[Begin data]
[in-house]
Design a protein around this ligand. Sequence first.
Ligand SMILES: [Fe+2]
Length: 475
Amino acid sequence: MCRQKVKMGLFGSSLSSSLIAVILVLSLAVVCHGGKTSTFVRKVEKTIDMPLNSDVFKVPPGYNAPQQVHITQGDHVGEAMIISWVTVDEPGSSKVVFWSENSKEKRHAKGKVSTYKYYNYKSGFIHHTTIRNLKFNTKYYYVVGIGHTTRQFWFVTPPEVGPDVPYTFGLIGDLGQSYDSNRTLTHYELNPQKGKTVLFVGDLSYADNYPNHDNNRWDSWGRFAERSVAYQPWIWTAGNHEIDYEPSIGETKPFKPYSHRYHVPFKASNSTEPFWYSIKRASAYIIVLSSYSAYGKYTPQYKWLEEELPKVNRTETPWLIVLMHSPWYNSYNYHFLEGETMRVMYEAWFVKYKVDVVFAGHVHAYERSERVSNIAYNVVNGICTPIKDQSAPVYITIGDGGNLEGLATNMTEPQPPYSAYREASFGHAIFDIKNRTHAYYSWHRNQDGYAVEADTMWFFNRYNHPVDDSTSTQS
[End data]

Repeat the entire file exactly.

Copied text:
[in-house]
Design a protein around this ligand. Sequence first.
Ligand SMILES: [Fe+2]
Length: 475
Amino acid sequence: MCRQKVKMGLFGSSLSSSLIAVILVLSLAVVCHGGKTSTFVRKVEKTIDMPLNSDVFKVPPGYNAPQQVHITQGDHVGEAMIISWVTVDEPGSSKVVFWSENSKEKRHAKGKVSTYKYYNYKSGFIHHTTIRNLKFNTKYYYVVGIGHTTRQFWFVTPPEVGPDVPYTFGLIGDLGQSYDSNRTLTHYELNPQKGKTVLFVGDLSYADNYPNHDNNRWDSWGRFAERSVAYQPWIWTAGNHEIDYEPSIGETKPFKPYSHRYHVPFKASNSTEPFWYSIKRASAYIIVLSSYSAYGKYTPQYKWLEEELPKVNRTETPWLIVLMHSPWYNSYNYHFLEGETMRVMYEAWFVKYKVDVVFAGHVHAYERSERVSNIAYNVVNGICTPIKDQSAPVYITIGDGGNLEGLATNMTEPQPPYSAYREASFGHAIFDIKNRTHAYYSWHRNQDGYAVEADTMWFFNRYNHPVDDSTSTQS